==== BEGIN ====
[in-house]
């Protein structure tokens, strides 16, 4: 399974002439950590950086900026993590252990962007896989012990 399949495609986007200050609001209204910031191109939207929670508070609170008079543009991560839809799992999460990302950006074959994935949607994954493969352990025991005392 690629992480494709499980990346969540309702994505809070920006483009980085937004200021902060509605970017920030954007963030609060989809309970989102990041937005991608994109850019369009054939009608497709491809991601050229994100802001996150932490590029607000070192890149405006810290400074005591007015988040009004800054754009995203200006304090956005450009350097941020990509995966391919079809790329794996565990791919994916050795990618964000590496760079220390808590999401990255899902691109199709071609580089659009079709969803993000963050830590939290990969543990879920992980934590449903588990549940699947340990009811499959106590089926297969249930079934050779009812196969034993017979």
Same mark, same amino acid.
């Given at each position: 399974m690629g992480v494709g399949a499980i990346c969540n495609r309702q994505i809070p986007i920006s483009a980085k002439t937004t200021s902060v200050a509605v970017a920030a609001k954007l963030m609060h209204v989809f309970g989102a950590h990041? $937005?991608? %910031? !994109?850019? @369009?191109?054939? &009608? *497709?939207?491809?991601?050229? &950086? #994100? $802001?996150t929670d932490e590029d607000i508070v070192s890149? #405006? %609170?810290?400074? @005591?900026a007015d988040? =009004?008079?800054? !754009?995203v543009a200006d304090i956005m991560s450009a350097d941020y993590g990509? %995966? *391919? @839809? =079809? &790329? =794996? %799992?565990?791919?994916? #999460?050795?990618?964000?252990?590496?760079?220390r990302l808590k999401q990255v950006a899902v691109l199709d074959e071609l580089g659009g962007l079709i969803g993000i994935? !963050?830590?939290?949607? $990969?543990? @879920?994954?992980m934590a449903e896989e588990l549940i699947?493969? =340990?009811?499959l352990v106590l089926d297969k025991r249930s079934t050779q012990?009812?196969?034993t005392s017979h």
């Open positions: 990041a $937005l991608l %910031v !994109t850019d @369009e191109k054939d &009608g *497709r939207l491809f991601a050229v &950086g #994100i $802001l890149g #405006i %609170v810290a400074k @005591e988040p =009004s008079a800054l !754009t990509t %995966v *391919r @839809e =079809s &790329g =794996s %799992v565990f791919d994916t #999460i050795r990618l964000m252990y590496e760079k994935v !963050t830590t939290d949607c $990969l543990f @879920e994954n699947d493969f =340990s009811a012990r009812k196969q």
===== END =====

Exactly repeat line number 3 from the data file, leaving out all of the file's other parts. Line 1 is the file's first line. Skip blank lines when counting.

Same mark, same amino acid.